Forty percent of its customers are aged 25 to 34, and 21% are aged 35 to 44. Though the company would not share its total site traffic, it saw 400% year-on-year readership growth between 2018 to 2019. Its content-forward strategy appears to work for its largely female audience: Miss Grass‚Äôs organic Instagram engagement is 12%, and its email open rate is 30%. (The company sends at least two emails a week.)
Miller said the company is centered on the ‚Äúconscious consumer,‚ÄĚ and while there have been inroads in cannabis adoption, thanks to the legalization of hemp within the 2018 Farm Bill, there is still mainstream confusion.
‚ÄúWe know why the interest in cannabis has reached fever pitch ‚ÄĒ it is because there is a large business opportunity attached. But the consumer is vulnerable,‚ÄĚ said Anna Duckworth, Miss Grass co-founder and chief content officer.
‚ÄúThis industry is still new and pretty unregulated. There is not one retailer or platform that is taking an education-led approach. Brands have largely been responsible, but they need help,‚ÄĚ she said.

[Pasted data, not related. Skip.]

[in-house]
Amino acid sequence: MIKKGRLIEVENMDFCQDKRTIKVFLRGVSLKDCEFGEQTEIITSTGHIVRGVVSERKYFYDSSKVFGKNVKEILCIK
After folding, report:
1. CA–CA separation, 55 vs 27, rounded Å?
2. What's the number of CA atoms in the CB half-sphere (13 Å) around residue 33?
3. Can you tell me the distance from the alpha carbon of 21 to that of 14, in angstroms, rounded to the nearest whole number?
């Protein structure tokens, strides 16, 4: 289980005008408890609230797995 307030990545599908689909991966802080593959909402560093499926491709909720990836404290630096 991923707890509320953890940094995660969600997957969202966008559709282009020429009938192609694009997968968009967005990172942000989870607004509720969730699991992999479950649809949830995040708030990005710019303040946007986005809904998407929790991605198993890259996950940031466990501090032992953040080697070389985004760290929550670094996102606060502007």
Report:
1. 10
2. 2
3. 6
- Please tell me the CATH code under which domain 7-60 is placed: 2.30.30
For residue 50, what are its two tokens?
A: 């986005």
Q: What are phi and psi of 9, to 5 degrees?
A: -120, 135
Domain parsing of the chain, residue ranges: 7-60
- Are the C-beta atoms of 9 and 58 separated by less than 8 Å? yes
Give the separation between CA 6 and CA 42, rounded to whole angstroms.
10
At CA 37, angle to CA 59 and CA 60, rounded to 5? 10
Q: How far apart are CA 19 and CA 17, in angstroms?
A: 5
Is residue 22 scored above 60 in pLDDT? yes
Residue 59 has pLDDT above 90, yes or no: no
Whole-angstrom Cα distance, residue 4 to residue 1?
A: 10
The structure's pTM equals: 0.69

Miss Grass‚Äôs pop-up is an attempt to bring that online experience to real life. The store will sell an accessories line co-created with Edie Parker, and it will host workshops throughout its month-long run on topics like sleep and sexual health.
While Miss Grass, which is also in the midst of developing its own line of branded products, has the opportunity and resources to up its merchandising assortments to compete with bigger retailers, Miller said the company is not actively looking to add new brand partners. Instead, the business is hoping to build deeper relationships with the 30-plus brands it already stocks.
‚ÄúWe‚Äôre not trying to be the Amazon of cannabis,‚ÄĚ she said.